Gratitude—More than We Think

"Count your many blessings, name them one by one, and it will surprise you what the Lord has done."

Gratitude is powerful. It has the power to shift our thinking and attitudes. I’ve always loved the saying: “I used to complain about my shoes until I met a man who had no feet.” There will always be people worse off than you. Focusing on what we do have however, the good within our circumstances, can have powerful outcomes. states: “Gratitude is an uplifting, exalting attitude. People are generally happier when they have gratitude in their hearts. We cannot be bitter, resentful, or mean-spirited when we are grateful.”

I heard someone give a prayer who once said, "we are grateful for the circumstances that brought us here to the temple. That was a new angle of gratitude I hadn’t thought of before. Instead of being grateful for the thing itself, what about all the other blessings along the way to bring us to that point? It made me think of all the tiny details and tender mercies that happened that day to allow me to be where I was. There is never a shortage of things to be grateful for.

Saying prayers of gratitude, writing lists of things we are grateful for, and contemplating our blessings is important, but maybe it’s a little more than that—maybe gratitude grows even more in us when we show it, too.

One afternoon last week a man snapped some pictures of a women standing in front of a statue at our apartment complex. The woman then immediately grabbed at the phone and they wrestled with it until the man let the woman grab it out of his hands. Her body language showed anger—he hadn’t taken the picture right. He then stormed off and she began taking an endless number of selfies. He turned back once to look, then kept walking; she just kept on in selfie mode. And from the one glance of this entire situation I was able to get from my front window while picking up toys, I could tell what described this couple in this moment was anger, frustration, and sadness. She cared more about the picture than about the person standing in front of her.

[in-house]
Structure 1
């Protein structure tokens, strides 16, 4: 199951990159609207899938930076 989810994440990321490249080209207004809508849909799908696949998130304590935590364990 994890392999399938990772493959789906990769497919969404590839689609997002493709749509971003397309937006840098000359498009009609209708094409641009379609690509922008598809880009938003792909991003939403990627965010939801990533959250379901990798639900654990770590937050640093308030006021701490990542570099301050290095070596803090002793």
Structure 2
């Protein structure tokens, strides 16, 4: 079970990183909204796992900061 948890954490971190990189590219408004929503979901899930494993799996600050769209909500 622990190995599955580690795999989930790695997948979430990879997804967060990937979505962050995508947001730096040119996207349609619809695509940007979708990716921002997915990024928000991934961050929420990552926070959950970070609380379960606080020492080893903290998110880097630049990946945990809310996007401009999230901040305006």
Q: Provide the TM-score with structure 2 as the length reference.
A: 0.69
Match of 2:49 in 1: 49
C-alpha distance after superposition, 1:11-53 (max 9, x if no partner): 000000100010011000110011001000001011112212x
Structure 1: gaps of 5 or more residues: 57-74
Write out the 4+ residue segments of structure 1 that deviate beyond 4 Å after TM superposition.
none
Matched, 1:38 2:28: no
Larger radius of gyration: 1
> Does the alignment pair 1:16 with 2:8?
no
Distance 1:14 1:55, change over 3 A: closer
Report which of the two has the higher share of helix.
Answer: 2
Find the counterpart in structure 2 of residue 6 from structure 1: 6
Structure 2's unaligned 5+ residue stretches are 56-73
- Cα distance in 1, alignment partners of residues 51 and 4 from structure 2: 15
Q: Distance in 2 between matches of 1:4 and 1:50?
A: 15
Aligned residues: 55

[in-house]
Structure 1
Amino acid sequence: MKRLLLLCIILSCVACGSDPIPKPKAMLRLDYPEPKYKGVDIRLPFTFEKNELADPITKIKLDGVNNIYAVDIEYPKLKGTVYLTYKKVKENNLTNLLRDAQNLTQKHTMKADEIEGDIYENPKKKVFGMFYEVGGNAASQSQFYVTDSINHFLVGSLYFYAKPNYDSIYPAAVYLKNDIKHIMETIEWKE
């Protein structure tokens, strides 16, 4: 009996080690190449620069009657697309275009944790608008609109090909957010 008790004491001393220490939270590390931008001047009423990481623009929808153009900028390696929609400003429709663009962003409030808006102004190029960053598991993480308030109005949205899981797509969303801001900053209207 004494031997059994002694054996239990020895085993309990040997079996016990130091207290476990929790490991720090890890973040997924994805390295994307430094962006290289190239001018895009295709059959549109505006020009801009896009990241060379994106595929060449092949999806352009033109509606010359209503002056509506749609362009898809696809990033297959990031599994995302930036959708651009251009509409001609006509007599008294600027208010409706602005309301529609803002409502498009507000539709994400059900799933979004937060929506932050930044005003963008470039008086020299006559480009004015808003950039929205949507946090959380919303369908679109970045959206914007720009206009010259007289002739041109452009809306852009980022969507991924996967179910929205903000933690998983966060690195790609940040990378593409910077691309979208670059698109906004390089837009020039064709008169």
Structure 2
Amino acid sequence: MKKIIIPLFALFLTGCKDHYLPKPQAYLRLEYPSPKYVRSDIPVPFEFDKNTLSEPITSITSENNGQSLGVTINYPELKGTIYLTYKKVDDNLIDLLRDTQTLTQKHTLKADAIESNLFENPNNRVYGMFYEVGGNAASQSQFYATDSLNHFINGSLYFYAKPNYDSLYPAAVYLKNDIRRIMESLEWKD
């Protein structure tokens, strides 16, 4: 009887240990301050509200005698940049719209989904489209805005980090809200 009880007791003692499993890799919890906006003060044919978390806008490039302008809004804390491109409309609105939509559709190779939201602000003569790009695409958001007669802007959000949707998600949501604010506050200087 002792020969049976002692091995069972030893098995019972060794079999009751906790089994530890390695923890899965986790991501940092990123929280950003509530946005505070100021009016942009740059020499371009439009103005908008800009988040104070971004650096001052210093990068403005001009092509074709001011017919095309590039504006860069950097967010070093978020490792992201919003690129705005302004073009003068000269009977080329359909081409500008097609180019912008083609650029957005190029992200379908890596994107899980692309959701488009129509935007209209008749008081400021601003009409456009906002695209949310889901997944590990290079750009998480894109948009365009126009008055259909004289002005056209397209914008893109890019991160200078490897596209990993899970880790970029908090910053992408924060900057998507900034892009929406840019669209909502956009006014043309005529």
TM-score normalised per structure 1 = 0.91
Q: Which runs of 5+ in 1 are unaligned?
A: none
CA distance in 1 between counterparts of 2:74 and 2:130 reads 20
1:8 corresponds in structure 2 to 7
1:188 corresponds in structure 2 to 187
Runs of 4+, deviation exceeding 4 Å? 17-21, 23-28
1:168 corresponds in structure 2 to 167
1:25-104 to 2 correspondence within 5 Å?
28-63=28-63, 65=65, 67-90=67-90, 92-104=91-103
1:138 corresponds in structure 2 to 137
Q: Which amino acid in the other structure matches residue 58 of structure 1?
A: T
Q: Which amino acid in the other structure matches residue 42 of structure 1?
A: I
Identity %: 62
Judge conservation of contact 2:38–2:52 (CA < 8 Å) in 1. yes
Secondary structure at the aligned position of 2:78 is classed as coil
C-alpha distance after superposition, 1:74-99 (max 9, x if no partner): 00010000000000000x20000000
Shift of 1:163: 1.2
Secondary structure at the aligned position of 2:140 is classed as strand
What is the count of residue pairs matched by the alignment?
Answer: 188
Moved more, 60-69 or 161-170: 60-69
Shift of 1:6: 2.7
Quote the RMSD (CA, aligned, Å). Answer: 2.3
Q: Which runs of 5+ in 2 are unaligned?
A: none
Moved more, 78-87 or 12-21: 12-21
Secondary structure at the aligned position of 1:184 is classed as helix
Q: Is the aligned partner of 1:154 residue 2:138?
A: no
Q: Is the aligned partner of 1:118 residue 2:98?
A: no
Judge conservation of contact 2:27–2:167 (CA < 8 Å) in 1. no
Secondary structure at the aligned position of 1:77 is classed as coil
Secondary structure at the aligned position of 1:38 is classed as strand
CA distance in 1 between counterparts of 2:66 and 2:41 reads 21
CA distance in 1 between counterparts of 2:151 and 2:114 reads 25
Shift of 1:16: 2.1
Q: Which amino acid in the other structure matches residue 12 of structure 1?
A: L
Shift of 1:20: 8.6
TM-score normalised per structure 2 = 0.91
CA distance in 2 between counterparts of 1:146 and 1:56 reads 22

And here I am typing what I saw out my window as my kids are playing together on the floor in front of me. Maybe what we should be grateful for—or show more gratitude for—are those things staring right at us.

Maybe it’s more than just being grateful for good health. It’s making an active effort to continuously take care of our bodies.

Maybe gratitude is more than just being thankful for our monetary blessings, it’s using it to bless the lives of others.

Being grateful for our food could mean even sharing our abundance with others.

Maybe gratitude for family and friends means putting down the phone and soaking in the moments with the people right in front of us.

President Thomas S. Monson has taught, “To express gratitude is gracious and honorable, to enact gratitude is generous and noble, but to live with gratitude ever in our hearts is to touch heaven.”

So instead of just listing things I’m grateful for this Thanksgiving Day and every day after, I’m going to try to show it more—and live it more.

Jessica Dyer currently lives in Chapel Hill, North Carolina where her husband is pursuing a PhD in Accounting at UNC and is loving all of the great sunshine and basketball that Chapel Hill has to offer. She is a mom to two cute little kids and to one angel baby. She graduated from BYU in English Language and Editing but has had the opportunity right now to be at home with the kids and is loving all the crazy and fun that comes with that.

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